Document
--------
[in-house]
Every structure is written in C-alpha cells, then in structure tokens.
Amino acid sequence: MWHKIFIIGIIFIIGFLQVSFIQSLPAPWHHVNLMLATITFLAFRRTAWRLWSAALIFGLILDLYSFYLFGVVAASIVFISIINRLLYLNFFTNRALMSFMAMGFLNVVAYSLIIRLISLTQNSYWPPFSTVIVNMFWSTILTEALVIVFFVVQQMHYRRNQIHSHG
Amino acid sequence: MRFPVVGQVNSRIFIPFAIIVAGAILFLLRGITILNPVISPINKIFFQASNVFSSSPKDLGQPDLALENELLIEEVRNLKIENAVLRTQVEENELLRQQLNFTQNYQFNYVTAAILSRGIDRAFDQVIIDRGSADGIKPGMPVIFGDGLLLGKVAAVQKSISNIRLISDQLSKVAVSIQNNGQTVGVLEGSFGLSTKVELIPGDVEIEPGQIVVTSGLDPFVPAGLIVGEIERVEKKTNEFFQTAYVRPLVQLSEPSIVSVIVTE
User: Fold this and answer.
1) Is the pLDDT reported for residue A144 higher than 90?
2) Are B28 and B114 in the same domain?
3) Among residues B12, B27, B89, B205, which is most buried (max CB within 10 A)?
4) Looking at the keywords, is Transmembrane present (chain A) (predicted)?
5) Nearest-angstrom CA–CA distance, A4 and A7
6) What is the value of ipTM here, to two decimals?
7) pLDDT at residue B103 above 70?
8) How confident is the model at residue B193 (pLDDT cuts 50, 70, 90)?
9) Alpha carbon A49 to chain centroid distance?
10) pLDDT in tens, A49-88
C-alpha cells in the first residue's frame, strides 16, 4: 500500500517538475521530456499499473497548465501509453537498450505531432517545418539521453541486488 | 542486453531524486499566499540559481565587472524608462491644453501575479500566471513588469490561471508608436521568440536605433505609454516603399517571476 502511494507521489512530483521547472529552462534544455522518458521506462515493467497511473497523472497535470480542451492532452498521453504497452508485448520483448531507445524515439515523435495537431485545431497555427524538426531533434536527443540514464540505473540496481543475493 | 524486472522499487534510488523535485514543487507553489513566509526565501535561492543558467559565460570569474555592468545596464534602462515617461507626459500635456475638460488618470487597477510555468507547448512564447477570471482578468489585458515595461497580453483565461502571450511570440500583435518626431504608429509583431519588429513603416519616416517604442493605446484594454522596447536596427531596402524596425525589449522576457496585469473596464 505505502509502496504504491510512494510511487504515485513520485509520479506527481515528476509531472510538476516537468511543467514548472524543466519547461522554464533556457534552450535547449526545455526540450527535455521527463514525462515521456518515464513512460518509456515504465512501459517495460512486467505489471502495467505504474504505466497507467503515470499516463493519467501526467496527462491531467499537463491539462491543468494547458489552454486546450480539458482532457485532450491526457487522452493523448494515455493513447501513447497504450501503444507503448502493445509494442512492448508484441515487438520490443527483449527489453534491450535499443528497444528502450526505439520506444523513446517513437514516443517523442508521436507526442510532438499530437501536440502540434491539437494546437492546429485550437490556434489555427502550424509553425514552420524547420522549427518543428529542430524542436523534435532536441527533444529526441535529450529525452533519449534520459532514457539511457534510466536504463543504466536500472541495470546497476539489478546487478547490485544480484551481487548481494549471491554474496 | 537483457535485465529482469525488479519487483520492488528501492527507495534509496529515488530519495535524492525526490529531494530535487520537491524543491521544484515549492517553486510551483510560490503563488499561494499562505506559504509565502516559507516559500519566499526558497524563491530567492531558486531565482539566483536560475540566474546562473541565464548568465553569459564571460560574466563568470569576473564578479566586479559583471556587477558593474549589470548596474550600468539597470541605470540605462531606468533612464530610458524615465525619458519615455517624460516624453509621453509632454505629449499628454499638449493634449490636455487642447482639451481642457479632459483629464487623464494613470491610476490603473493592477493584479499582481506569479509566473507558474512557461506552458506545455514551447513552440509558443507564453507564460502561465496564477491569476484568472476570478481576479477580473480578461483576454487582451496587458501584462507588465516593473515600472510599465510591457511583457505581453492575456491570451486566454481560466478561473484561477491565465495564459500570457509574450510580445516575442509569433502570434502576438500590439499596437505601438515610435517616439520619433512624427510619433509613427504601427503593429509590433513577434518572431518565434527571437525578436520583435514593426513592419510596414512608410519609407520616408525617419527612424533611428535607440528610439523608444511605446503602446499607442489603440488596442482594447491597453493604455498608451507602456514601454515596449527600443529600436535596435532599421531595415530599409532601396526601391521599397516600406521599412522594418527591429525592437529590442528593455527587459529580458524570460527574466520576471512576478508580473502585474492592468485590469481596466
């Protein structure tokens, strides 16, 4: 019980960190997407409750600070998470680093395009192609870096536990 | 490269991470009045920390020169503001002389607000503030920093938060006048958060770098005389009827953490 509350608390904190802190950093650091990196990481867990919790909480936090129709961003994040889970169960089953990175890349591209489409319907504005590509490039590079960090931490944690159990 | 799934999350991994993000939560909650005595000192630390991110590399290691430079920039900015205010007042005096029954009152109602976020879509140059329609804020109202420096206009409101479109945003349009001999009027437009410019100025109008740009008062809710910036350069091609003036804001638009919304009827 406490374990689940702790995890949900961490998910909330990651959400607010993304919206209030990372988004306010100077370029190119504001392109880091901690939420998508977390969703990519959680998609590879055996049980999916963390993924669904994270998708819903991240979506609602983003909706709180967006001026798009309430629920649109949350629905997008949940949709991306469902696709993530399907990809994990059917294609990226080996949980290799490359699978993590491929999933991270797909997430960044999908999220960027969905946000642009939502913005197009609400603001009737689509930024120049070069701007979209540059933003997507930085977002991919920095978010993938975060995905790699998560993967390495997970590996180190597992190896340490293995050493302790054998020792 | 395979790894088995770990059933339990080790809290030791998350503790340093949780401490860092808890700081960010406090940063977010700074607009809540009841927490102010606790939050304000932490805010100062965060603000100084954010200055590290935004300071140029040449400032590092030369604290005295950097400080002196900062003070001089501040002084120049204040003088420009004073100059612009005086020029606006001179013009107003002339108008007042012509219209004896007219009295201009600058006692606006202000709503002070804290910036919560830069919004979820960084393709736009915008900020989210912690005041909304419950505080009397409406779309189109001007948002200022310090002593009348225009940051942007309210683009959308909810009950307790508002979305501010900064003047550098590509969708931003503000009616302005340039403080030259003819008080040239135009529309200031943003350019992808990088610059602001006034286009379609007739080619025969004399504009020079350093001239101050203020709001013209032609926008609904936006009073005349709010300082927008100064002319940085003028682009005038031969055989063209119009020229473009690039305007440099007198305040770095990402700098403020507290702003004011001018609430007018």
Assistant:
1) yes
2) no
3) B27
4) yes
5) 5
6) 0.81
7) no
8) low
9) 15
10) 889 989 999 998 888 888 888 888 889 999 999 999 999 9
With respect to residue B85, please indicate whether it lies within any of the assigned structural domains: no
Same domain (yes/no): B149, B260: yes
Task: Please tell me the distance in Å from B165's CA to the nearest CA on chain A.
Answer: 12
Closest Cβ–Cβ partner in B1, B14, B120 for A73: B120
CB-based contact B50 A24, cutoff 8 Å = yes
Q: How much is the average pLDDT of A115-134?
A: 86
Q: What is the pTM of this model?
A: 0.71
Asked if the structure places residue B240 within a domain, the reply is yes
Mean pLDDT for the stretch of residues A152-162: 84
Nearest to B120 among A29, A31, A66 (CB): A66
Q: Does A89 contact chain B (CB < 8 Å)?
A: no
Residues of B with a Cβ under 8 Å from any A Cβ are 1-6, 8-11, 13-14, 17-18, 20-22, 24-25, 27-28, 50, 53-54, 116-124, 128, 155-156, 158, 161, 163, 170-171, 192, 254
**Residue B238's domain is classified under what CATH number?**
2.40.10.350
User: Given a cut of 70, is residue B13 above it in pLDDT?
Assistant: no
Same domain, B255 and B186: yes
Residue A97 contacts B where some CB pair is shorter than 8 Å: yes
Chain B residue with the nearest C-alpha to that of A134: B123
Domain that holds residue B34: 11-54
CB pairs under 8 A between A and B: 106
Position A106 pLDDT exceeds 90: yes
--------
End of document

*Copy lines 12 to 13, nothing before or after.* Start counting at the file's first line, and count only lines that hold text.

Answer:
7) pLDDT at residue B103 above 70?
8) How confident is the model at residue B193 (pLDDT cuts 50, 70, 90)?